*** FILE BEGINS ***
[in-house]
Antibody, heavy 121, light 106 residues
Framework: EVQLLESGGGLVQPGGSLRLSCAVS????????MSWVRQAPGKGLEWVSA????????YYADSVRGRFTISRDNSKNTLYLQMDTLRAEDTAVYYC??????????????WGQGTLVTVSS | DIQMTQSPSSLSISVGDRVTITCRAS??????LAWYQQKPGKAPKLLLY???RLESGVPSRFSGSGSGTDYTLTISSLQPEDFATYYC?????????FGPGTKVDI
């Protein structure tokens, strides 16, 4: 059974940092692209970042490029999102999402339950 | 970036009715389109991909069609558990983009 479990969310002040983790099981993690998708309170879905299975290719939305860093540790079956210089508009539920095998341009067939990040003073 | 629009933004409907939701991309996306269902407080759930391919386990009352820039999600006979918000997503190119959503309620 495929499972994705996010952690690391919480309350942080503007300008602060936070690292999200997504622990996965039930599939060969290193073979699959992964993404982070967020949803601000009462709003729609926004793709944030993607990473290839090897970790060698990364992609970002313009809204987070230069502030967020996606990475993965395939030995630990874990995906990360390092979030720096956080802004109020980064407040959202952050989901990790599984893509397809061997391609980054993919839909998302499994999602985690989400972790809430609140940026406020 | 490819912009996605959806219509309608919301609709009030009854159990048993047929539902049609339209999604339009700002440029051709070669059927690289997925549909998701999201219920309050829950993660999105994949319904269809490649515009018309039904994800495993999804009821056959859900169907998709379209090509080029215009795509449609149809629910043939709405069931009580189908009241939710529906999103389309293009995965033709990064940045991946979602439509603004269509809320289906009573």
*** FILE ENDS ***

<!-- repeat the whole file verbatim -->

[in-house]
Antibody, heavy 121, light 106 residues
Framework: EVQLLESGGGLVQPGGSLRLSCAVS????????MSWVRQAPGKGLEWVSA????????YYADSVRGRFTISRDNSKNTLYLQMDTLRAEDTAVYYC??????????????WGQGTLVTVSS | DIQMTQSPSSLSISVGDRVTITCRAS??????LAWYQQKPGKAPKLLLY???RLESGVPSRFSGSGSGTDYTLTISSLQPEDFATYYC?????????FGPGTKVDI
């Protein structure tokens, strides 16, 4: 059974940092692209970042490029999102999402339950 | 970036009715389109991909069609558990983009 479990969310002040983790099981993690998708309170879905299975290719939305860093540790079956210089508009539920095998341009067939990040003073 | 629009933004409907939701991309996306269902407080759930391919386990009352820039999600006979918000997503190119959503309620 495929499972994705996010952690690391919480309350942080503007300008602060936070690292999200997504622990996965039930599939060969290193073979699959992964993404982070967020949803601000009462709003729609926004793709944030993607990473290839090897970790060698990364992609970002313009809204987070230069502030967020996606990475993965395939030995630990874990995906990360390092979030720096956080802004109020980064407040959202952050989901990790599984893509397809061997391609980054993919839909998302499994999602985690989400972790809430609140940026406020 | 490819912009996605959806219509309608919301609709009030009854159990048993047929539902049609339209999604339009700002440029051709070669059927690289997925549909998701999201219920309050829950993660999105994949319904269809490649515009018309039904994800495993999804009821056959859900169907998709379209090509080029215009795509449609149809629910043939709405069931009580189908009241939710529906999103389309293009995965033709990064940045991946979602439509603004269509809320289906009573």